You know how when you’re stoned, all of a sudden, you can hear the refrigerator in the next room buzzing right in your ear?
While adults automatically block out irrelevant information, such as the hum of an air conditioner or the conversation of nearby strangers, babies take everything in: their reality arrives without a filter. … The hyperabundance of thoughts in the baby brain also reflects profound differences in the ways adults and babies pay attention to the world. … “This is the same ecstatic feeling that the Romantic poets were always writing about,” she says. “It’s seeing the world in a grain of sand.”
Odd that the Boston Globe wouldn’t bother to answer the reader’s most immediate question.
Given the longstanding and widespread sexual repression of women in both Western and Eastern societies, it is not surprising that only recently has anorgasmia (failure to experience orgasm) been identified and treated. Nonetheless, the real biological mystery isn’t why some women don’t climax, but why some do….
I can only report that The End of Poverty, narrated throughout by Martin Sheen, puts Ayn Rand back on the map as an accurate and indeed insightful cultural commentator.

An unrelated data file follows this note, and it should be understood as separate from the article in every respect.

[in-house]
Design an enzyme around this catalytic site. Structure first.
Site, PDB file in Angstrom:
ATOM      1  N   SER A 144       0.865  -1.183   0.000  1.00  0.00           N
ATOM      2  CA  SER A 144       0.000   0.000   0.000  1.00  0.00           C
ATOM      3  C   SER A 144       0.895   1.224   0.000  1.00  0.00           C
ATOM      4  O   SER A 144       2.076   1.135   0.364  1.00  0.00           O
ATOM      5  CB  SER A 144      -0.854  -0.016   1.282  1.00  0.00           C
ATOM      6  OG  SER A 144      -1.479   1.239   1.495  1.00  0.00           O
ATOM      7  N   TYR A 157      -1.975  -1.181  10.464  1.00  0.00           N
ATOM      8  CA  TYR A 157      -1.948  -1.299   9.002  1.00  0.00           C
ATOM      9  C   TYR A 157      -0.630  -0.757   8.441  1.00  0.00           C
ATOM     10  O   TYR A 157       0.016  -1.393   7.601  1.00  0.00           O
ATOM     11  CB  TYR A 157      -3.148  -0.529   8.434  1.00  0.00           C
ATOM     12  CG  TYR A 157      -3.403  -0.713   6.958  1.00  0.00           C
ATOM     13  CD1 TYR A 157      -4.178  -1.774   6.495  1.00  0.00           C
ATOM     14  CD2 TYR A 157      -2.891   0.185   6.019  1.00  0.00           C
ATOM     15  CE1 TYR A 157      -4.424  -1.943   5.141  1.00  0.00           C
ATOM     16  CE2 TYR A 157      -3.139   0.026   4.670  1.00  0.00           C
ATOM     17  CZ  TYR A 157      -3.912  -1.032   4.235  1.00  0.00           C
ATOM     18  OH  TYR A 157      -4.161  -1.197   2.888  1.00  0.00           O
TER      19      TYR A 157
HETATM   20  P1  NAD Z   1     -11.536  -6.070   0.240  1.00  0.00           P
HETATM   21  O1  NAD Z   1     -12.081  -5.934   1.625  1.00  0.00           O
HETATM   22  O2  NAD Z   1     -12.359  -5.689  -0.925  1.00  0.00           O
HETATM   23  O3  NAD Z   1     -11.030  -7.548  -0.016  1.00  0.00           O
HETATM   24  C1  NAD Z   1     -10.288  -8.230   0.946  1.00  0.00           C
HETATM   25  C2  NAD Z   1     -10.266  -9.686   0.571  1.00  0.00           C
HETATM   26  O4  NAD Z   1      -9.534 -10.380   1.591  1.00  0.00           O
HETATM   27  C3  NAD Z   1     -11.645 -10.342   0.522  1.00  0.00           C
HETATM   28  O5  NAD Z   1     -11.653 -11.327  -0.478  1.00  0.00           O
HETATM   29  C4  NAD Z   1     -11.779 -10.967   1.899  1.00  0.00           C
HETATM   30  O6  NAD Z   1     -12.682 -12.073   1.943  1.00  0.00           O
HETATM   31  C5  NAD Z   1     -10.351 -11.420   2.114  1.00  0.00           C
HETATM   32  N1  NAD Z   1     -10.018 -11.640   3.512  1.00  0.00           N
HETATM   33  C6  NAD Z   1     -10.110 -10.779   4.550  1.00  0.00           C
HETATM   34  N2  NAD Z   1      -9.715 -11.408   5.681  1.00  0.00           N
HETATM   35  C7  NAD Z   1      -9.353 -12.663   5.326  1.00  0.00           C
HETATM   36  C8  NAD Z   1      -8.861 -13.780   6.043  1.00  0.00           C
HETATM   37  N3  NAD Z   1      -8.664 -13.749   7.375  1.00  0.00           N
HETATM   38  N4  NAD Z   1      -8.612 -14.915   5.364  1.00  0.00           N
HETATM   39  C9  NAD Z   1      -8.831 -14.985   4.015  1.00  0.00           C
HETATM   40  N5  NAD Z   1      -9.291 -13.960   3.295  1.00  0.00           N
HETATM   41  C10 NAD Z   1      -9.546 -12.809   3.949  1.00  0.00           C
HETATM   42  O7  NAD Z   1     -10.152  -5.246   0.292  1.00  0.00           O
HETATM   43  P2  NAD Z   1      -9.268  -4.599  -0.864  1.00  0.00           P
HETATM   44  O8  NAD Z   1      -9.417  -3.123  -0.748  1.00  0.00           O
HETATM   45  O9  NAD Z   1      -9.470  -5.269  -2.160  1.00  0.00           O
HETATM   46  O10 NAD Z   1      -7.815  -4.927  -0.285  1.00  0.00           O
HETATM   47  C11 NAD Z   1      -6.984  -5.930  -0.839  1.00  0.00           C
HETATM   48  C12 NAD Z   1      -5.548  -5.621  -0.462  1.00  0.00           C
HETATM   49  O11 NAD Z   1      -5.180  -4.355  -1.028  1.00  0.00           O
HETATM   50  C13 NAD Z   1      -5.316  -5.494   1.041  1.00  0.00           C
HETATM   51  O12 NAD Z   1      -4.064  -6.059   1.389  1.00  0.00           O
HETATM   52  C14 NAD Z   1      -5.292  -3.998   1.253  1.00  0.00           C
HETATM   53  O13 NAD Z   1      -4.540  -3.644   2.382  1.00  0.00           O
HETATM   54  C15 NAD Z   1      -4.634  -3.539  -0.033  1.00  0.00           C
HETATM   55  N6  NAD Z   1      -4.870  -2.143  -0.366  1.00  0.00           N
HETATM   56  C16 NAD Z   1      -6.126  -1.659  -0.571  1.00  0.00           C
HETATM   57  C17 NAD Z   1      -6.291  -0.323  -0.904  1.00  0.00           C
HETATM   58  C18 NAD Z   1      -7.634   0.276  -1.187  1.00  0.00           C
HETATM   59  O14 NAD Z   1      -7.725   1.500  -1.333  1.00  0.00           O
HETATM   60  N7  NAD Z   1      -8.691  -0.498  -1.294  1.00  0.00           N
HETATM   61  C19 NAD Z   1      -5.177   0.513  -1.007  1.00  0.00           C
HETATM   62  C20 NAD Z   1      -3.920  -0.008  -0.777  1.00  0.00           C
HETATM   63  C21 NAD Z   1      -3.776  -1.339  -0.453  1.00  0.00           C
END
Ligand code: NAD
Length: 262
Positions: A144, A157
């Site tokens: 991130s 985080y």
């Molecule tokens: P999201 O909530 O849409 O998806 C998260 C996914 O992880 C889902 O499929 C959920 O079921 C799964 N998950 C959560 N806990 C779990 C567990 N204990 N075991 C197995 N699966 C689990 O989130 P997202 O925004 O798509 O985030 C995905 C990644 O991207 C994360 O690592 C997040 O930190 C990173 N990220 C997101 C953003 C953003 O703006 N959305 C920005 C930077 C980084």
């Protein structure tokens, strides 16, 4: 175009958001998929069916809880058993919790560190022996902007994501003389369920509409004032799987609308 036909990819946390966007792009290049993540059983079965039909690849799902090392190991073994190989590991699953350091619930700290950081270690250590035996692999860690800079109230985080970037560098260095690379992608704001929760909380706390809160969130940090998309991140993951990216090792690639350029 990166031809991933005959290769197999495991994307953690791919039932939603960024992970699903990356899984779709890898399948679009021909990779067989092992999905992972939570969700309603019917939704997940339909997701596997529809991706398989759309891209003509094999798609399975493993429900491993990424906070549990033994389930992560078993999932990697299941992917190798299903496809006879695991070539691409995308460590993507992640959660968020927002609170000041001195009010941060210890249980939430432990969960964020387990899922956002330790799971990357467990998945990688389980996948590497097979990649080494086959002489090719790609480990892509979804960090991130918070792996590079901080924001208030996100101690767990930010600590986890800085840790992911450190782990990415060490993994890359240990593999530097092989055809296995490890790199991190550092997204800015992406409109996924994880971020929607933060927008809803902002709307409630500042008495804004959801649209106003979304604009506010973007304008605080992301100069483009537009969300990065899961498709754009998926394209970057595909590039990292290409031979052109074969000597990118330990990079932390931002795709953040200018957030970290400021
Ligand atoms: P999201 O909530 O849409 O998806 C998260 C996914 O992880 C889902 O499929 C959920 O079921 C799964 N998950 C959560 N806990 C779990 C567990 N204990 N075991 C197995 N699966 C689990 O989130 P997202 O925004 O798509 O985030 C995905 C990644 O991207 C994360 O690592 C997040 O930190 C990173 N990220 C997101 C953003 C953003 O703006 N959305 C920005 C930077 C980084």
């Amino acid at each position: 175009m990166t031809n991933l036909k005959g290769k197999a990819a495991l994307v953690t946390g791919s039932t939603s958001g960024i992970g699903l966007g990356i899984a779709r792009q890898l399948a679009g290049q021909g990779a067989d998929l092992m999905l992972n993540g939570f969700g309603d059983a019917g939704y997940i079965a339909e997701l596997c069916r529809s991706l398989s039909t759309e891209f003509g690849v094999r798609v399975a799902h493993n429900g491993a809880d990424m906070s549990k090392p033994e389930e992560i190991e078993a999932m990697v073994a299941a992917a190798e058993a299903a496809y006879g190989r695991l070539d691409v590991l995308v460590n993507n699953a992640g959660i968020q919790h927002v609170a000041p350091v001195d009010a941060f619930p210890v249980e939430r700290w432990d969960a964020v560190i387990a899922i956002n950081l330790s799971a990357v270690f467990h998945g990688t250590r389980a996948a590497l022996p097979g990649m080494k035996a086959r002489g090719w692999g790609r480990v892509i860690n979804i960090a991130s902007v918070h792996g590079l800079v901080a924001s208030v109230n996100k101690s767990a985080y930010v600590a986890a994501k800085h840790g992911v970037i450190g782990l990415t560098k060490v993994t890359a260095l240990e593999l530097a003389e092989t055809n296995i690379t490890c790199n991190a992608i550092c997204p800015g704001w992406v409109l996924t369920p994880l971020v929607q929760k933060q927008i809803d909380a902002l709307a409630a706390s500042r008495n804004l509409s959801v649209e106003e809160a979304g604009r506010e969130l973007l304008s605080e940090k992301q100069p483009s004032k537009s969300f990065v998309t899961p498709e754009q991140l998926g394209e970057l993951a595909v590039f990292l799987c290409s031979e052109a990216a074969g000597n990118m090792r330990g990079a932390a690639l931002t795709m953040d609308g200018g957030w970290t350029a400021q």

A large proportion (∼40%) of wannabes’ interest in castration was singularly of a fetishistic nature, and these men appeared to be at a relatively low risk of irreversible genital mutilation. … Nineteen percent of all wannabes have attempted self-castration, yet only 10% have sought medical assistance.
DVC was one of my finest Net Flix choices to date. And yet:
Salman Rushdie has called The Da Vinci Code “a book so bad that it makes bad books look good”, while the American grammarian Mark Lieberman has labelled Brown “one of the worst prose stylists in the history of literature”.
Maybe Salman should have waited for the movie, which by the way I bet Padma loooved.
A spokeswoman for Strathclyde Police confirmed: “At the time of the request, 10 (eight police officers and two police staff) had recorded their religion as Jedi.” … About 390,000 people listed their religion as Jedi in the 2001 Census for England and Wales. In Scotland the figure was a reported 14,000.